This description purposfully leaves out the ability to absorb vibrations.


Now to pure vibranium.

Orginaly vibranium could only cut metal, well any metal known to man.

Wiki Link

Vibranium first appeared in Daredevil #13 (February 1966), which was written by Stan Lee and illustrated by John Romita. Here, vibranium was seen to be an unusual metallic element with decidedly strange properties. Since that point in Marvel continuity, it has been established that there are a few variations of this element which can be found in isolated regions all around the world. The variation first introduced in Daredevil #13 eventually became known as Anti-Metal, with this variation's unique attribute being that it can cut through any metal known to man. .....

But later we are introduced the Wakandan variety:

Later in Fantastic Four #53 (August 1966), by Stan Lee and Jack Kirby, a newly debuted variation of vibranium was introduced in the isolated nation of Wakanda. This variation had the unique attribute of being strong textable to absorb sound. This is the variation which is most often identified in continuity as simply "vibranium".

Let's learn a little more about the Wakandan type, since this is the one you would like to know more about.

The Wakandan isotope possesses the ability to absorb all vibrations in the vicinity as well as kinetic energy directed at it. The energy absorbed is stored within the bonds between the molecules that make up the substance.**

So we know it absorbs vibrations in the vicinity, albeit we don't know the radius, and kinetic energy directed at it. The paragraph goes on to describe the kinetic energy absorption a little further.

There are limits to the capacity of the energy that can be stored, and although the exact limitations are not yet known, there have been a few examples. One such instance was when the oil conglomerate Roxxon discovered that a small island in the South Atlantic had a foundation composed of vibranium. Due to this, Roxxon found it necessary to destroy the island and so blew it up with bombs. Unable to absorb the force of the explosions, the vibranium was destroyed, but it did succeed in entirely absorbing the sound made by the explosion, preventing damage to the surrounding area.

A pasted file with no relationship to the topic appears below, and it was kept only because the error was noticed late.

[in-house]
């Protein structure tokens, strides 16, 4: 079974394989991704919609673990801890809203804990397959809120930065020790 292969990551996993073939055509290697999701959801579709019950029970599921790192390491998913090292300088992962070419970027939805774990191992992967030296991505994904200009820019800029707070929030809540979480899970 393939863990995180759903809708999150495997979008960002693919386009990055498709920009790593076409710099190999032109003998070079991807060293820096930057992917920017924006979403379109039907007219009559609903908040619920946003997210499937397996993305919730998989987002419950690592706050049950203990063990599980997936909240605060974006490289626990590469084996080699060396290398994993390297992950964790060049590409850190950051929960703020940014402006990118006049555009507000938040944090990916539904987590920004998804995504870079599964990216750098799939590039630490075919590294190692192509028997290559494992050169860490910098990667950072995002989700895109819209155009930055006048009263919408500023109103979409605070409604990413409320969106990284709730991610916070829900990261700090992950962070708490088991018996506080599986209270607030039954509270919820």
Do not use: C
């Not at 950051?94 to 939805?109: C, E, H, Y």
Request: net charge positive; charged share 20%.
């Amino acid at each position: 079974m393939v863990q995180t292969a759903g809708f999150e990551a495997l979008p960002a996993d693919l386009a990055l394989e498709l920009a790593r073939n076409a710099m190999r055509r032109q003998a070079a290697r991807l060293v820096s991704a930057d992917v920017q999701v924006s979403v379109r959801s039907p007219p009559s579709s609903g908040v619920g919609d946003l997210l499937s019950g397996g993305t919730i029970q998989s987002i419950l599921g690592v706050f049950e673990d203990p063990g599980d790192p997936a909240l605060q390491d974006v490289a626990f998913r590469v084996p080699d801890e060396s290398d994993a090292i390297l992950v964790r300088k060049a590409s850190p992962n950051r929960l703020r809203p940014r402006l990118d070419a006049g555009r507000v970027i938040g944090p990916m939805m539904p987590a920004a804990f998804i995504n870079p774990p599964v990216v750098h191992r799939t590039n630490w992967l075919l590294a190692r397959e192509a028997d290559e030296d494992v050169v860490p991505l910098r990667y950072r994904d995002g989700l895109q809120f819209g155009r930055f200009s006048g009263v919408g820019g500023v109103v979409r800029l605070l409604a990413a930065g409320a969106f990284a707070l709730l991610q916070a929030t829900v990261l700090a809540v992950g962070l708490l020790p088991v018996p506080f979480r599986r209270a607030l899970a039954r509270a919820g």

So Wakandan vibranium absorbs all vibration in the area, including sound waves, and a limited amount of kinetic energy. So this should answer the question you have in your title.

But to clarify your confusion I'll follow with:

Since Captain America’s shield is made of a mixture, not pure vibranium, it seems like it may have lost the ability to absorb vibrations. Thus the description may be different and may only be able to absorb kinetic energy.

  • The question seems to be questioning the Wikipedia article and asking for a more canon/authoritative source than that (presumably actual comic books), so I'm not sure re-quoting that exact Wikipedia article really answers the question. – Ixrec May 8 '15 at 19:51
  • Editing my answer to clarify something. – Clyde May 8 '15 at 19:52